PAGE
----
Since the very beginning of the company, we have built houses with the so called breathing walls, so with the diffusion resistance as small as possible, i.e. resistance to permeation of gases. It was a bit against the mainstream trends. Laboratory tests have confirmed the accuracy of our choices. If construction partitions have, as a whole, small diffusion resistance, then the role of diffusion to ensure proper air quality is very important. The decisive factor is the resistance to the diffusion of carbon dioxide. We carried out its measurements for both the various construction materials, in laboratory, as well as for all partitions and rooms in built houses. The microclimate in our houses has always had a very good reputation, but now we have experimental data on this.

Our study confirmed the thesis that the gravity ventilation required by regulations is very chimerical, runs unevenly, sometimes with an excess unnecessarily cooling down the house, and at other times completely does not fulfil its task. In older buildings it was supported by leaks in windows, but the current fashion for their sealing seriously affects the quality of internal air, so it takes place with a detriment to health of the lodgers. The measurements show that through the diffuse ventilation, our houses do not have this common shortcoming of today's construction.

To minimize diffusion resistance all the external partitions of our houses are built like a tent with flysheet: they have their facade layers moved away and the inner ventilation gap consistently drawn from the base to the roof ridge.

ventilation system of external partitions

The "breathing walls' function a bit like the recommended heat recovery units in passive house. Diffusion processes are propelled in this case by a natural differential pressure of carbon dioxide and oxygen indoors and outdoors, consequently, this process does not require any additional propulsion, as in the mechanical heat recovery units. The carbon dioxide penetrating outside transfers its energy, resulting from a higher temperature, to the cool oxygen molecules flowing inside. As a result, the whole unit works as a nano-recovery unit of a large area and 100% efficiency, because energy transfer process takes place at the atomic level.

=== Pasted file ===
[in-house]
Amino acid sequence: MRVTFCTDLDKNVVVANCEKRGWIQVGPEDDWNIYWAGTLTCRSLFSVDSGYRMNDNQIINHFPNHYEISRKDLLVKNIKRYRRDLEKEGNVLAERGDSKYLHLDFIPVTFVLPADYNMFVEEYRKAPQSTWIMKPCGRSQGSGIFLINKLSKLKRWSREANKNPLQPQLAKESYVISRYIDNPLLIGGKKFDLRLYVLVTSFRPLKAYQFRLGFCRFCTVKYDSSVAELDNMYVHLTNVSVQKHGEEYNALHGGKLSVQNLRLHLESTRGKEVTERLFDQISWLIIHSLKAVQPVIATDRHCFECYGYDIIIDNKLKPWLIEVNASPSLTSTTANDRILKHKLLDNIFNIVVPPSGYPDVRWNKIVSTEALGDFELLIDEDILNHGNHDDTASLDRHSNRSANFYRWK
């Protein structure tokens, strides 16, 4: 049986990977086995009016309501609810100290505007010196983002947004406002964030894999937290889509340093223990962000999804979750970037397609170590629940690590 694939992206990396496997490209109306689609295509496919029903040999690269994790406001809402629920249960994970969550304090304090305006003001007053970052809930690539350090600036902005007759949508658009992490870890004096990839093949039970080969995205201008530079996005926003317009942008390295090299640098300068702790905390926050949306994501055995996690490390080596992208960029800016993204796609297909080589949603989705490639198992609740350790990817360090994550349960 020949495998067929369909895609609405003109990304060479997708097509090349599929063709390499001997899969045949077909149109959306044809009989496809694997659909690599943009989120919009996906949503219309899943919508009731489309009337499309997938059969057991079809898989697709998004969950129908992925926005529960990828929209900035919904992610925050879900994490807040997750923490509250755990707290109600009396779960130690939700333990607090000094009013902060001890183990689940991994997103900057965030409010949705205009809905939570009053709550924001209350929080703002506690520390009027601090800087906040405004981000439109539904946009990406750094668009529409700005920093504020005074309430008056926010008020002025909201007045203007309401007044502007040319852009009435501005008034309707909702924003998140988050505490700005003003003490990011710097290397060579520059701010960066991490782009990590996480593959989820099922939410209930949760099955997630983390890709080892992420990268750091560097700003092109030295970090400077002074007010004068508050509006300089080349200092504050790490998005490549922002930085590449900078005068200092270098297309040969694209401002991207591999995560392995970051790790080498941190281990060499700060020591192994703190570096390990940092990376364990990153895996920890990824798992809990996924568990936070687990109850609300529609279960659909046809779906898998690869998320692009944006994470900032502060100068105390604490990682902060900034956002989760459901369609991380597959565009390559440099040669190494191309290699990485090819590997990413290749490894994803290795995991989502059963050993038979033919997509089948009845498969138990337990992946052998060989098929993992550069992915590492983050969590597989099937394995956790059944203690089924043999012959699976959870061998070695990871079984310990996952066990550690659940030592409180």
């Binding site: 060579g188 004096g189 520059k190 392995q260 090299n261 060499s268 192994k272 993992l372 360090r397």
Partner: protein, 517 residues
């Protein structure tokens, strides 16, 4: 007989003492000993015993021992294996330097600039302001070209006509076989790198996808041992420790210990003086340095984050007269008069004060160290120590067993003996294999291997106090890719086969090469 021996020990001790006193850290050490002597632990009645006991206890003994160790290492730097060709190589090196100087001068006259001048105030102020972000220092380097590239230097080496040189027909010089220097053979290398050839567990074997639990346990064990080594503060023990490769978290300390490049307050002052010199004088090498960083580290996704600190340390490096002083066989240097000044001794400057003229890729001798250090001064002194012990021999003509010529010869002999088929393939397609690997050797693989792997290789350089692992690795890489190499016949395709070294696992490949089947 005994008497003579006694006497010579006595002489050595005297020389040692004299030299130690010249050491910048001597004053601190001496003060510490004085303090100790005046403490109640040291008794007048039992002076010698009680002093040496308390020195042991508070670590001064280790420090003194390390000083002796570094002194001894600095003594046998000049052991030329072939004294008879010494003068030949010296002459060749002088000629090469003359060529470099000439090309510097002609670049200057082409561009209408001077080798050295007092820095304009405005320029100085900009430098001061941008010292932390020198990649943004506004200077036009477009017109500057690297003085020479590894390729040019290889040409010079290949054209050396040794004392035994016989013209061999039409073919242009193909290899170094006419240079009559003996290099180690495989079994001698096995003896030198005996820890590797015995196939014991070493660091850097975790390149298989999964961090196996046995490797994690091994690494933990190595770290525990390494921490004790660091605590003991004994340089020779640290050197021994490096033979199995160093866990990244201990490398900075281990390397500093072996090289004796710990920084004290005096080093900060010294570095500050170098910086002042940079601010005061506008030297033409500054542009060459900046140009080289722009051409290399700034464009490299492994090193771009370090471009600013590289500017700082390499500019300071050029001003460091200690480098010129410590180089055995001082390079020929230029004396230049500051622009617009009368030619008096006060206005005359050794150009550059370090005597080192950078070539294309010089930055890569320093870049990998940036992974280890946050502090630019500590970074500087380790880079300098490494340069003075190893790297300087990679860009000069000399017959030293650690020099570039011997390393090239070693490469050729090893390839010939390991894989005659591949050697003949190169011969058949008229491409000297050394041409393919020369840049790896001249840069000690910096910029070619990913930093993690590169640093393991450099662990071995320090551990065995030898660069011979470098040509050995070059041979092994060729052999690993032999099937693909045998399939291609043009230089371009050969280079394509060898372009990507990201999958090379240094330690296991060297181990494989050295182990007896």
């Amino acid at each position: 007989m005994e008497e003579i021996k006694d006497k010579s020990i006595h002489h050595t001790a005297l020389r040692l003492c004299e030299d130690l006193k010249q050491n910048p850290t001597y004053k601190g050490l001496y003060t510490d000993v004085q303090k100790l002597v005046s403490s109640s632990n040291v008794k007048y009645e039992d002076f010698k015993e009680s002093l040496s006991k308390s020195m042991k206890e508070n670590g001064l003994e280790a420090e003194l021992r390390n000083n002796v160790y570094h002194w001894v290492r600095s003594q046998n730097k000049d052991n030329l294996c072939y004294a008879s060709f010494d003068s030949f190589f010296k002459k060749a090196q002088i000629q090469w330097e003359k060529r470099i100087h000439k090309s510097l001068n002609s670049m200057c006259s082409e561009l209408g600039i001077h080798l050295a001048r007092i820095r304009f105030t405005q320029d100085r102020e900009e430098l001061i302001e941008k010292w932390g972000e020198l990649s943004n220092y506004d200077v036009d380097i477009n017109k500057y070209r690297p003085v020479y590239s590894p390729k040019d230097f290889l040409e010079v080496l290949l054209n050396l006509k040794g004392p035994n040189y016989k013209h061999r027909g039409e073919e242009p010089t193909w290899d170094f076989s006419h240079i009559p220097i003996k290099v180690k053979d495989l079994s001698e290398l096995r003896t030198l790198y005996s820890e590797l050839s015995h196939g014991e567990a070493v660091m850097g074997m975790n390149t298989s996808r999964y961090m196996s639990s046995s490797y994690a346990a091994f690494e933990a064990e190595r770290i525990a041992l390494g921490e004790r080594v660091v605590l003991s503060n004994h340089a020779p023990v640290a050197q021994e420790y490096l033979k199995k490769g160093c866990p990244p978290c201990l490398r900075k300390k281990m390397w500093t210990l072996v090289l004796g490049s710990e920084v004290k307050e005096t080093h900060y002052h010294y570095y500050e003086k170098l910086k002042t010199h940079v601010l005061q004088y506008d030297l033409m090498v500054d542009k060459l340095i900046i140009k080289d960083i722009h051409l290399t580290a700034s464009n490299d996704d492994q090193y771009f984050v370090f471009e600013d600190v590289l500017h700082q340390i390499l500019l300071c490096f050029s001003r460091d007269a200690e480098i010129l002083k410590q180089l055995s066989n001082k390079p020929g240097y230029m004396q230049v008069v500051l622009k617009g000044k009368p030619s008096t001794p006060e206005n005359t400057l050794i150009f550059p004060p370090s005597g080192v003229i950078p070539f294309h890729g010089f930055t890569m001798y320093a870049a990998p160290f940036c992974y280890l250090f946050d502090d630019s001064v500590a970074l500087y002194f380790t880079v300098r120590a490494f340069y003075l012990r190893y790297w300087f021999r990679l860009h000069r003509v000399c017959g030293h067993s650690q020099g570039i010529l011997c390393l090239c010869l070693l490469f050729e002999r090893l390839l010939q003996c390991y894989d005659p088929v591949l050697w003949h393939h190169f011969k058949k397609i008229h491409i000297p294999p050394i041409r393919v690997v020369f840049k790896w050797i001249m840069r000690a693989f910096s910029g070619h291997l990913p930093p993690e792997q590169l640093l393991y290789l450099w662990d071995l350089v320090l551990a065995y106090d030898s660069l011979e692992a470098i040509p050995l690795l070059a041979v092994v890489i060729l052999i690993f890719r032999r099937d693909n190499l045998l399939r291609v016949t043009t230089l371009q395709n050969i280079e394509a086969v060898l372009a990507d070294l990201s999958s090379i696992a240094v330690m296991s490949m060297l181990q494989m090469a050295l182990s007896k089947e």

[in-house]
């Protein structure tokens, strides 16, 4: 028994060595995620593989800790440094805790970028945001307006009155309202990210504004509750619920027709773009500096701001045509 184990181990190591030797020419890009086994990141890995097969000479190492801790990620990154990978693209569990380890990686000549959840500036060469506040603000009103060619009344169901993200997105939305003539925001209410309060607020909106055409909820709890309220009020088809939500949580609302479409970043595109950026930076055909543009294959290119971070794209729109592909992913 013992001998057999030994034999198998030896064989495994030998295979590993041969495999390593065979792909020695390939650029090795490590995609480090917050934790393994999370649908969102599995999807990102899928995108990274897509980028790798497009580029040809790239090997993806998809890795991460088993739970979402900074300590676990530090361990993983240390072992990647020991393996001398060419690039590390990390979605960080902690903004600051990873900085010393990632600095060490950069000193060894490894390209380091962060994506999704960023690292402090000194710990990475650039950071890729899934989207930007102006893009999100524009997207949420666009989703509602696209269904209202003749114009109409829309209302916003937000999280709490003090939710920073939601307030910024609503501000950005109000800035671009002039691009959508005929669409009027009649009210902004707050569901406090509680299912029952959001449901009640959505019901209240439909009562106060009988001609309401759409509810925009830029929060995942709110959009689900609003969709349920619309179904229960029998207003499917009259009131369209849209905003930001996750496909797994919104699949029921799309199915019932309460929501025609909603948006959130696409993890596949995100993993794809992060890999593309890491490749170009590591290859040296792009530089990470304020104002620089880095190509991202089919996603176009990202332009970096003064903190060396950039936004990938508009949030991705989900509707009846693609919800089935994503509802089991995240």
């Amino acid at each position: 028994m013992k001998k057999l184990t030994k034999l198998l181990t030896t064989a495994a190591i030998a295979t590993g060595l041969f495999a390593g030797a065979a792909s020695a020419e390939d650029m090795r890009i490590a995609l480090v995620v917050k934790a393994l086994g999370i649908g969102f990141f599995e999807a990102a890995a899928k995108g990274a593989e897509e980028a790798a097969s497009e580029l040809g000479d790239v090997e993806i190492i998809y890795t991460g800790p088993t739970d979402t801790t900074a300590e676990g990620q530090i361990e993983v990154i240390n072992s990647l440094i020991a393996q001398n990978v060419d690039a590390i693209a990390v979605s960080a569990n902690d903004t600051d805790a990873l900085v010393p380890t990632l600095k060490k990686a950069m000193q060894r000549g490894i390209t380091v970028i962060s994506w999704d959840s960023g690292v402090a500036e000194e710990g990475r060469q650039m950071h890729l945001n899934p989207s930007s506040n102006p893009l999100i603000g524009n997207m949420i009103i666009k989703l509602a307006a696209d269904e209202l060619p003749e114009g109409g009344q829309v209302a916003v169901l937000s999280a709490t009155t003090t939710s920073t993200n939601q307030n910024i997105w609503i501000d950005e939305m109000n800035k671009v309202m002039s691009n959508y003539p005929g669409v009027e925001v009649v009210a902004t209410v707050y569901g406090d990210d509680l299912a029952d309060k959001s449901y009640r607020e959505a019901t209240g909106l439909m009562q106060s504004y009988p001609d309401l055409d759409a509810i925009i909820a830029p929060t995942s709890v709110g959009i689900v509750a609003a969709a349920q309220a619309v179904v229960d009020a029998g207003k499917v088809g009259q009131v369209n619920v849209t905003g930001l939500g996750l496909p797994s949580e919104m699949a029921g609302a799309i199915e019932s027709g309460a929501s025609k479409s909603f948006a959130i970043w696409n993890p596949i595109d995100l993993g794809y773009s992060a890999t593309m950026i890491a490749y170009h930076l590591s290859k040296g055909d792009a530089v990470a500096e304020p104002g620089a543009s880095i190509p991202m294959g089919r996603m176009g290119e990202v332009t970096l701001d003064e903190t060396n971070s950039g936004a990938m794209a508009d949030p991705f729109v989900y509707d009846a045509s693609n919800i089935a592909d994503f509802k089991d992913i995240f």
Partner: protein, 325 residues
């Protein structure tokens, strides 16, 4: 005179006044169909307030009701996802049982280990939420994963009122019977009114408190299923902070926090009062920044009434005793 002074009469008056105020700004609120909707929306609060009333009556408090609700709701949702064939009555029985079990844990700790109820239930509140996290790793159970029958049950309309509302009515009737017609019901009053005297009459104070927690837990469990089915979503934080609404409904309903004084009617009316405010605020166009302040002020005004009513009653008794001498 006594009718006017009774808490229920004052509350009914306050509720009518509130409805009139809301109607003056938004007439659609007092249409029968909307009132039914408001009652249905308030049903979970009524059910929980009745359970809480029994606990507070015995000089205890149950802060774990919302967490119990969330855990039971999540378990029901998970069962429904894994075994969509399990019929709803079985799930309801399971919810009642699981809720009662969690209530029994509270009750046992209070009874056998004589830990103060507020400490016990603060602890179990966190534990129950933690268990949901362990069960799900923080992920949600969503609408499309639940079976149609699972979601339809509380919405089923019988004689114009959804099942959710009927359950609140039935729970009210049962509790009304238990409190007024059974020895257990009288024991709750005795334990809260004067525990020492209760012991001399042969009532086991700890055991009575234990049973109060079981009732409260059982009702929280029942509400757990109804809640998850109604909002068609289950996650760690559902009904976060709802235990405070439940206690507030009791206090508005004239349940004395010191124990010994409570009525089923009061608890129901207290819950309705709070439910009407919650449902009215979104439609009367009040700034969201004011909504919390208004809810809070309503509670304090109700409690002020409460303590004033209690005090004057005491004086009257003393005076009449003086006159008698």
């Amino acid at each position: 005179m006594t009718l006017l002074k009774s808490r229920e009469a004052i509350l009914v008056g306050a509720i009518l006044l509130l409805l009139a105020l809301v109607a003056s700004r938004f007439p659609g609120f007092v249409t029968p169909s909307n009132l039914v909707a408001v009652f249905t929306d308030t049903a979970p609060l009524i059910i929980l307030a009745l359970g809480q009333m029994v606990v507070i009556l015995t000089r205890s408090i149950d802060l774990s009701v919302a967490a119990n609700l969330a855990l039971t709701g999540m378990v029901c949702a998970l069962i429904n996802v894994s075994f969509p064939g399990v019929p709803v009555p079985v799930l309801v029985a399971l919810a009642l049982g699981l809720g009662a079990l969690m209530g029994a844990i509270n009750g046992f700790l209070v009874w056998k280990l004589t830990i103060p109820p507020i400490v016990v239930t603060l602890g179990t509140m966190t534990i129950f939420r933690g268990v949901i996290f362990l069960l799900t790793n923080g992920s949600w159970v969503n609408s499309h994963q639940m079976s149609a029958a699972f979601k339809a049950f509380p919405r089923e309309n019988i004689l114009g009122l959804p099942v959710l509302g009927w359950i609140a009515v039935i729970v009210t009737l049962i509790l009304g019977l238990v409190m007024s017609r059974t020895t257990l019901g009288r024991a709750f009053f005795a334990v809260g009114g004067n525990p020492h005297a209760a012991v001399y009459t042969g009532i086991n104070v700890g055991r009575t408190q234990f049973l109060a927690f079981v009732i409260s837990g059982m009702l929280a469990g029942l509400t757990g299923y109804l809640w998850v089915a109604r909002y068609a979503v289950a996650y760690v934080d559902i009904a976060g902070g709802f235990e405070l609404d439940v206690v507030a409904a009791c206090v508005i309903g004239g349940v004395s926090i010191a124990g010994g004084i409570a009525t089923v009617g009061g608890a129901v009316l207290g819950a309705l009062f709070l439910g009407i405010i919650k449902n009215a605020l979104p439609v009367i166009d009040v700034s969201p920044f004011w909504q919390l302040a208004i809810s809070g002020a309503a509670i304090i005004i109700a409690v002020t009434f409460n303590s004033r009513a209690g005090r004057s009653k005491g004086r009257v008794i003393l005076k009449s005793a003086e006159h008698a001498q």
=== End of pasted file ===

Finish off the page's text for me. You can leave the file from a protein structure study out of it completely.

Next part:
It is worth noting that the idea of building external partitions adopted by us is modeled on the Nature. Animal furs also combine high thermal resistance with negligible diffusion resistance.

Measurements of CO2 diffusion through building partitions performed in the laboratory of Dworek Polski.

The first series of experiments consist of the study of changes in the concentration of CO2 in confined spaces in houses built by us, characterised by a low diffusion resistance of external partitions (timber frame filled with wool, lack of vapor barrier, barrier to internal ventilation). The second series of experiments consist of the study of changes in the concentration of CO2 in selected building materials. Below, two examplary measurements are presented.

In the first part of the experiment the person stayed in the room, i.e. carbon dioxide was being supplied. The second part is a state without a man, that is, without a supply of CO2. The red, dashed line on the left shows what would be the concentration of CO2 in the first phase, if the room was completely sealed, i.e. if the impact of diffusion was neglected. Accordingly, in the second phase, the concentration would be constant.

Level of an asymptote in the first part is very interesting - about 1750 ppm. This means that in such a small space, even when it was completely devoid of air exchange, carbon dioxide concentration only slightly exceeds the standard level.

Pressure drop of carbon dioxide in the sealed measurement chamber, whose upper surface was made of mineral wool. Time - minutes, CO2 concentration - ppm.